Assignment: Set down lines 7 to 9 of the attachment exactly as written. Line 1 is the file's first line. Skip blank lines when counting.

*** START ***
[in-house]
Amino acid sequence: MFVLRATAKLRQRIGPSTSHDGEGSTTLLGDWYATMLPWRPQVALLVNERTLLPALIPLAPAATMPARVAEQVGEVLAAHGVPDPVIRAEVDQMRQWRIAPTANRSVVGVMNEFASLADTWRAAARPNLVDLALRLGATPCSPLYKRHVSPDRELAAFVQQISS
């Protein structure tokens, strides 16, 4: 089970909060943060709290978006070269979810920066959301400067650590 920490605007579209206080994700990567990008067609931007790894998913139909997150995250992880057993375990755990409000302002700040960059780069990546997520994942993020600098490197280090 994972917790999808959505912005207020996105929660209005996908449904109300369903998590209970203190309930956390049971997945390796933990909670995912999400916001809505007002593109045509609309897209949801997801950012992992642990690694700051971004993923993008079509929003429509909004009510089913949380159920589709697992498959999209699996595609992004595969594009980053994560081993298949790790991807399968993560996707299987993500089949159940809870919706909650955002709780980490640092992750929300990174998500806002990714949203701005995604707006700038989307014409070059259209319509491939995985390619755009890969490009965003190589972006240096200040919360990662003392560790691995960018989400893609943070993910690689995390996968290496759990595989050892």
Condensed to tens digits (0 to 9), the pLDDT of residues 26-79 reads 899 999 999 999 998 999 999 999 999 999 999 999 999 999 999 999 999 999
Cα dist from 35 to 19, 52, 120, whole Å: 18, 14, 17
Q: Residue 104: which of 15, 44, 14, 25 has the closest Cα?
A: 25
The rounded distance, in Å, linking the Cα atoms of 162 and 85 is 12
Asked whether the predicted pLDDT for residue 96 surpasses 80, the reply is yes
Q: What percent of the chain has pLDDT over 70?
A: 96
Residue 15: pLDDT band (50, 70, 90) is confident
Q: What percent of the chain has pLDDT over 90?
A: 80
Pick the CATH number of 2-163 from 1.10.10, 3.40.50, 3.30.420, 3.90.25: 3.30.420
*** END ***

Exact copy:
A: 25
The rounded distance, in Å, linking the Cα atoms of 162 and 85 is 12
Asked whether the predicted pLDDT for residue 96 surpasses 80, the reply is yes